You’re going to want to rewrite your entire novel.
But that’s a good thing. Because after a week of thinking, talking and breathing your novel with the amazing faculty and your new writer friends, you’re going to know exactly what you need to do. And more importantly, you’re going to know how to do it.
Honestly, I wish I had some ruby slippers for all you children’s writers (or really, any novel writer) so you could click your heels and land in Honesdale, Pennsylvania for the Highlights Foundation Whole Novel Workshop. But ruby slippers are not exactly easy to come by. So I’ll just share a few of the things I learned on my journey and maybe something will be exactly what you need, too.
I’m going to start with Janet Fox and Karyn Henley, two wonderful authors who were there as our teaching assistants. Our first class was all about the importance of finding that one sentence, the line you’ll use for your query, the sentence that encapsulates what your novel is all about.
Now, I know what you’re thinking. Why would you start with that one line? Isn’t that the pitch you’ll use to get an agent after your novel’s done? Well, yes, it is. But if you’ve written a novel and you’re working on revisions, shouldn’t you know before you start revising, exactly what your novel’s about?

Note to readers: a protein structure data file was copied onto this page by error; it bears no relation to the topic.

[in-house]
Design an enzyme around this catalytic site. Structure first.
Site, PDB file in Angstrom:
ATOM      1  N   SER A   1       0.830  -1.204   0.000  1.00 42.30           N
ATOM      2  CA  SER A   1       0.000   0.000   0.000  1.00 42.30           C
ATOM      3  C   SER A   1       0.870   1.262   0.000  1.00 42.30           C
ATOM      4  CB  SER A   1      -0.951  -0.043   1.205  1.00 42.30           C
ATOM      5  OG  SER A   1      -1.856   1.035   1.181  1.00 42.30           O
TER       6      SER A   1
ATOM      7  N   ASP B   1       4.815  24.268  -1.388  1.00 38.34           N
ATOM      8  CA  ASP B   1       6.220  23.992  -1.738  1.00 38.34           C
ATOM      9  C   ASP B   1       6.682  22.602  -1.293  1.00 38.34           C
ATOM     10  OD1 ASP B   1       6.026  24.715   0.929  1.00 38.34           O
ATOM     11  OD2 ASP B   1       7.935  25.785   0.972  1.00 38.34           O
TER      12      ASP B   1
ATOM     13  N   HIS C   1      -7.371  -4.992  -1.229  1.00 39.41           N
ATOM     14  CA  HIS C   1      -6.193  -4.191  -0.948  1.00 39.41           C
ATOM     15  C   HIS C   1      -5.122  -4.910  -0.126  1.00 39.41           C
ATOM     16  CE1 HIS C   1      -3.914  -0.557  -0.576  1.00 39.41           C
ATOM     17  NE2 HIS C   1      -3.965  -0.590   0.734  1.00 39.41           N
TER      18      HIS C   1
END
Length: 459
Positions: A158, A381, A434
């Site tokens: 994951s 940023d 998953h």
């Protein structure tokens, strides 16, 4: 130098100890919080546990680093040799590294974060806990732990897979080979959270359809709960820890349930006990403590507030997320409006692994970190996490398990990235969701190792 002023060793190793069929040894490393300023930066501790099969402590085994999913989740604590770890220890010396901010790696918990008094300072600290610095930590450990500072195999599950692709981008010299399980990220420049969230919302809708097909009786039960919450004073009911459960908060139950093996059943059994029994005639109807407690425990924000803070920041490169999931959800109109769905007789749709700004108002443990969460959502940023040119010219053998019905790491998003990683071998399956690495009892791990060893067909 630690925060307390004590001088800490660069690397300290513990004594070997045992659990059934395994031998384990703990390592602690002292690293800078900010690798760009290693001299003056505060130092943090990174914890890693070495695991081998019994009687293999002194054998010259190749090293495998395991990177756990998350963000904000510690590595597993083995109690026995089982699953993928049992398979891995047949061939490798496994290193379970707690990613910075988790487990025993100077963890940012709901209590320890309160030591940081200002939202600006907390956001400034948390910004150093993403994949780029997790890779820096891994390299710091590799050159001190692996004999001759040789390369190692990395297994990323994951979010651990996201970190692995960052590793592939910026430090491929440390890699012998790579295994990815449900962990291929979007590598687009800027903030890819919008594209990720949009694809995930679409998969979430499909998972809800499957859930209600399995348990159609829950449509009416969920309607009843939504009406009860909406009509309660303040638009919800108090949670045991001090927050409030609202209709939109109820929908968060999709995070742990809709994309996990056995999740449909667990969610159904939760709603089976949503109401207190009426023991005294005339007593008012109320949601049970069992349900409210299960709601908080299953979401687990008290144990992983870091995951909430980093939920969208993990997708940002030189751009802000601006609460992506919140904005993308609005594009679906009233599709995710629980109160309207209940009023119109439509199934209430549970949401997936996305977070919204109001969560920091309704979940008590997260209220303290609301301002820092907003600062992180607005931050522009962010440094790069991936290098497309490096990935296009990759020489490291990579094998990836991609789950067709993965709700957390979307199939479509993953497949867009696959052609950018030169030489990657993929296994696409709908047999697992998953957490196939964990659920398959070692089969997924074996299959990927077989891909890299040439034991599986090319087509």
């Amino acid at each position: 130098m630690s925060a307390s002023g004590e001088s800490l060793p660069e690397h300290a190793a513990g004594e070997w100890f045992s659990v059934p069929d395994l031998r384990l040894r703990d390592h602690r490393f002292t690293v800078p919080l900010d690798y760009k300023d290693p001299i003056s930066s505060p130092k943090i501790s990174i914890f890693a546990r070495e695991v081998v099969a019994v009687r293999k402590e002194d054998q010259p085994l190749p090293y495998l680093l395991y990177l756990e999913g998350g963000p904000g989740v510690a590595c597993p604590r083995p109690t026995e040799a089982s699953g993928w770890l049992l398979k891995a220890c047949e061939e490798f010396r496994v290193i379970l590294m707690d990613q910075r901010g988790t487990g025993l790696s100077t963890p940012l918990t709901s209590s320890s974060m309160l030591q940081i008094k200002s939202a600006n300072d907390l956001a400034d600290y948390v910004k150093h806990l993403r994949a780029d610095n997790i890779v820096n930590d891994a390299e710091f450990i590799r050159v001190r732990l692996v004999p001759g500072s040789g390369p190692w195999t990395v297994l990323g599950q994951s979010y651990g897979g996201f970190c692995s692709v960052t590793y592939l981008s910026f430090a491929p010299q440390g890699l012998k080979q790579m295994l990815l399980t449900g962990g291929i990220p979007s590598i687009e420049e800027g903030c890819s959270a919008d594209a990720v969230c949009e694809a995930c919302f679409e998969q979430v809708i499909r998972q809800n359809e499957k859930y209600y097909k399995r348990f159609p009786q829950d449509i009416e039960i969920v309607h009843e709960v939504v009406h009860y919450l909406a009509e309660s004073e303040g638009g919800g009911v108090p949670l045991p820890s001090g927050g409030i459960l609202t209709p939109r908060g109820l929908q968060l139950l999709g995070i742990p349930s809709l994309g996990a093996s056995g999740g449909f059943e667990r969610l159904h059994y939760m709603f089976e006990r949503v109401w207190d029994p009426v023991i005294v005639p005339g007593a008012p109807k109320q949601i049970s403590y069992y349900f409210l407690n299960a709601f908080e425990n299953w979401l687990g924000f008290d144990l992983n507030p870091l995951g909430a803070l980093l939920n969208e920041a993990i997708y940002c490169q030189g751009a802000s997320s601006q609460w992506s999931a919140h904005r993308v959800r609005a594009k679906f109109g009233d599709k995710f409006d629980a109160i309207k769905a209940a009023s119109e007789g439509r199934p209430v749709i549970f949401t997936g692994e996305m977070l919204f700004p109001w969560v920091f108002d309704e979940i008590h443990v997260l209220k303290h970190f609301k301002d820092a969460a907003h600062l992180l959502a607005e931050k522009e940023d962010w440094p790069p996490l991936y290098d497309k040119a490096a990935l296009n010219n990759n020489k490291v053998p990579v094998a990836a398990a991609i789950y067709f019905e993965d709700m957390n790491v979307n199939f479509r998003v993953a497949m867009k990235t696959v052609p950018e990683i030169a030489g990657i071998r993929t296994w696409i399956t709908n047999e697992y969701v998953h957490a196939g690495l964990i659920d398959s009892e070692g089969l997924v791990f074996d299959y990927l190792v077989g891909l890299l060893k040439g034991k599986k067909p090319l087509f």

And now you’re thinking, well of course I know what my novel’s about. I just wrote it, didn’t I?
Hold on a minute–I just splattered my tea across Precious the Laptop, I was laughing so hard. Because I’m remembering how hard we all worked to figure out what our novels were about. Holy cow, that took some thinking. But here’s a few exercises you might want to use that helped me get to my sentence…
If you haven’t written out your synopsis, that’s a good place to start to find the heart of your story. Janet (she ‘s the lovely writer on the right, looking brilliant) suggested an exercise where you can find your story question. Plug in the following statement:
_____________(protagonist) must ________________(protagonist’s goal) by _______________(conflict with antagonist) only to realize ___________________(what the character learns that helps him/her grow).
And she gave us this example: Dorothy must defeat the Wicked Witch who stands between her and home by marshalling her friends and resources only to realize the power to go home was within her all along.
I told you she was brilliant! (And it’s not just for novels. You can use the story question for any story–check out your favorite short story, or even a picture book and practice coming up with the story question.)
And Karyn suggested this lovely little acronym for keying in on your query sentence: PACTS.
P= Protagonist, A= Antagonist, C=Conflict, T=Twist, and S=Setting
(And P.S. It must work because Karyn’s latest novel came out while we were workshopping!)
And what I love about the PACTS acronym is that you can (and should) use it in every scene of your novel to keep your story on track. And that’s really the value of knowing that one sentence. Keeping in mind what your story is about–through the entire story–is extremely helpful.
It just might save you from rewriting your entire novel for the upteenth time. (Which I need to get to right now. But first, I’m going to need a few cookies.)